What does remembering mean for gender diverse people and the body of Christ? I ask that question because, on this All Saints Day, we begin a period of remembrance in both church and world: not least of saints, heroes and role models; of loved ones departed; of the destruction of war; and (in the Transgender Day of Remembrance on 20 November) of transgender and gender diverse people murdered across the globe. My sense is that these things are not unconnected and that they come together because (whatever kind of spirituality we have) all human beings need some dedicated time and space in the cycles of the seasons to engage in what is the 'sacred' task of re-membering. November works, globally, for us all in this: for in the southern hemisphere it marks the drawing to the close of the working year and, in the northern, it marks the coming of the darkness of winter. Not for nothing have human beings also traditionally begun preparing for a mid or end of year festival of light and celebration (known variously but to most today as Christmas). To do that properly however - particularly where death, violence, loss, grief and/or family separation are still real - we need to re-member. So what truths, healing and fresh purpose are we seeking to affirm, and receive, in this, as gender diverse people?...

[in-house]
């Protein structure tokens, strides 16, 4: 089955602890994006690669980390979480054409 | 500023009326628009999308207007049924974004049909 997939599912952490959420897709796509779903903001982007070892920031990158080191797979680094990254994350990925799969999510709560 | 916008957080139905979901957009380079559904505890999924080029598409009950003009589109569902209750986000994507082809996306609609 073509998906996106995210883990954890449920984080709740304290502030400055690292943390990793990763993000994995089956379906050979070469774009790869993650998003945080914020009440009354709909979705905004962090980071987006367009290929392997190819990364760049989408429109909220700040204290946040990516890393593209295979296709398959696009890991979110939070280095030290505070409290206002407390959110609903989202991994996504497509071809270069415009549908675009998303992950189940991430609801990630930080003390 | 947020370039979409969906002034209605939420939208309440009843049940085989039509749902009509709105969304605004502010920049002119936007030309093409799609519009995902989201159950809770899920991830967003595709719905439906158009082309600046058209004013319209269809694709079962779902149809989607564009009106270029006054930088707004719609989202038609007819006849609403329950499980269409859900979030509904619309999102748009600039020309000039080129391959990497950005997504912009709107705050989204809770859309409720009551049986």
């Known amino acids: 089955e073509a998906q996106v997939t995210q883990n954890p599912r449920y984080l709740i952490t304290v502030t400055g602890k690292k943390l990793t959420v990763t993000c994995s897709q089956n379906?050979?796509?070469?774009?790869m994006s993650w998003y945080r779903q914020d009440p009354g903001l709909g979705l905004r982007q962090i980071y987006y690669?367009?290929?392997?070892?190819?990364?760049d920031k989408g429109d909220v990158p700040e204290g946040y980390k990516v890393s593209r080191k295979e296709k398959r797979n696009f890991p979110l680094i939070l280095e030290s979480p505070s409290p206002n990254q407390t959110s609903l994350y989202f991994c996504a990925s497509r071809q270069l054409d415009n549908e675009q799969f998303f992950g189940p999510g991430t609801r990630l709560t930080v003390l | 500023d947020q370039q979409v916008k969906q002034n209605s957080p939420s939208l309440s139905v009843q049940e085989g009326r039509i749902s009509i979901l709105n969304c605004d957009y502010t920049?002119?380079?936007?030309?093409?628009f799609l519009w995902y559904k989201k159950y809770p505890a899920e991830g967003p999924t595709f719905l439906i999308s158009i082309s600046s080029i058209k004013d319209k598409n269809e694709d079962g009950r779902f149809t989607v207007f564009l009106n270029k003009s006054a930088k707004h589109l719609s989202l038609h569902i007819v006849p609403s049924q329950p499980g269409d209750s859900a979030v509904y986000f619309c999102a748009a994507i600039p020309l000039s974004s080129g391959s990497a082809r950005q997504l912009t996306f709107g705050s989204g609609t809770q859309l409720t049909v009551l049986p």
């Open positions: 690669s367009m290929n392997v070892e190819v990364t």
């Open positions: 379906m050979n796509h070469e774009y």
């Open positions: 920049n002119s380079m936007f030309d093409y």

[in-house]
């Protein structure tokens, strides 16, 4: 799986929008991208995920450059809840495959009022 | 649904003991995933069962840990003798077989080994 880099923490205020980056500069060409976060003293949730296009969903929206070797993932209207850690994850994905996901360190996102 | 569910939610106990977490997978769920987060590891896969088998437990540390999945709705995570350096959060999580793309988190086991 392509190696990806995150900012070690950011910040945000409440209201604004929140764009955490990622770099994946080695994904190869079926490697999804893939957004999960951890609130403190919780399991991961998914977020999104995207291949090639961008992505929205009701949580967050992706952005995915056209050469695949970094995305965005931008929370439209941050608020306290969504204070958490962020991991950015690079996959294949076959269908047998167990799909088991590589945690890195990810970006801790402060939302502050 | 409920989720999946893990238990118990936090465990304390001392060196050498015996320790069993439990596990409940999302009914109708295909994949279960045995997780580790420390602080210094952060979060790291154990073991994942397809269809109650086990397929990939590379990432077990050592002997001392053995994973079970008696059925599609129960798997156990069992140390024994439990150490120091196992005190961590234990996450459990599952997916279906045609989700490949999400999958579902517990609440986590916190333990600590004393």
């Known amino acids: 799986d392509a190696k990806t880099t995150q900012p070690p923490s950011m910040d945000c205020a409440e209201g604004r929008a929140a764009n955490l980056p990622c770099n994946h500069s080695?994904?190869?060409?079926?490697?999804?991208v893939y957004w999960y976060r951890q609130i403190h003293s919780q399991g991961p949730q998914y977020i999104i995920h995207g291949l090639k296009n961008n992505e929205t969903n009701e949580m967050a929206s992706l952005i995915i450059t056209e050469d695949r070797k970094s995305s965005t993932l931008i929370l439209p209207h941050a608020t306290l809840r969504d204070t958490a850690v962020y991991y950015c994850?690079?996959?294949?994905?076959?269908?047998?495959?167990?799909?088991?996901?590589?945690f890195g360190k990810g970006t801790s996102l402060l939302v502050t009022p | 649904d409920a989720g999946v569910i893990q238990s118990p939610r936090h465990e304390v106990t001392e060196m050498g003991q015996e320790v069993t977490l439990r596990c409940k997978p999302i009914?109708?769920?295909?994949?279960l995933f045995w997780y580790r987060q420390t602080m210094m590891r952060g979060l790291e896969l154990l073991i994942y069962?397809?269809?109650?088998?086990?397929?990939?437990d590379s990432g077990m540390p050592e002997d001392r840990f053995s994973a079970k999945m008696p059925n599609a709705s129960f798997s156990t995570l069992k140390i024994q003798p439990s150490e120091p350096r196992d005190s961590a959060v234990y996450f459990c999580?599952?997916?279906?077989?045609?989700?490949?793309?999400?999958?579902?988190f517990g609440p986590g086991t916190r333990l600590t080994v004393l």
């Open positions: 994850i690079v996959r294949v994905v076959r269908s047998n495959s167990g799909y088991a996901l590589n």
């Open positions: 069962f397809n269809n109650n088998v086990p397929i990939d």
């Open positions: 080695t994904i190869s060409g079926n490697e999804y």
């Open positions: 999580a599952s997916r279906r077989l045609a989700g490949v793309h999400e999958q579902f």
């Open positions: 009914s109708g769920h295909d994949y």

I deliberately use the word re-membering in its hyphenated form because a true holy remembrance is far more than cementing an existing myth or identity, never mind simply not forgetting, For genuine re-membering helps enable active redemption and recreation. This is vital for those who are suffering, oppressed or marginalised in any way. Re-membering means that we - and our often troubling and uncomfortable feelings, thoughts and experiences are recognised, honoured, and provided with possibilities of reconciliation. These things, which can continue to eat away at our very bodies, lives and world, are not forgotten but made sources of potential transfiguration. We are no longer dis-membered, dis-located, and dis-morphic. We are made whole.
The significance of re-membering for transgender and other gender diverse people is huge. It involves immense challenges. For to recall past and present hurts can be incredibly painful, particularly when these are so obviously and intimately bound up with our bodies and deepest identities. Understandably, many transgender people therefore prefer not to recollect past aspects of their lives and relationships. It may indeed be poisonous to do so, destructive of health and even life itself. We are wise to seek safe space and company in all we do, not least in remembrance. That is also part of why it is so important for gender diverse people to be known by our own names and pronouns and not those which were assigned to us which may bear memories of profound pain and alienation. Yet each of us, as part of the working out of our own salvation, needs to find times and means of re-integration which leads to wholeness. This is part of our soul making and renewal.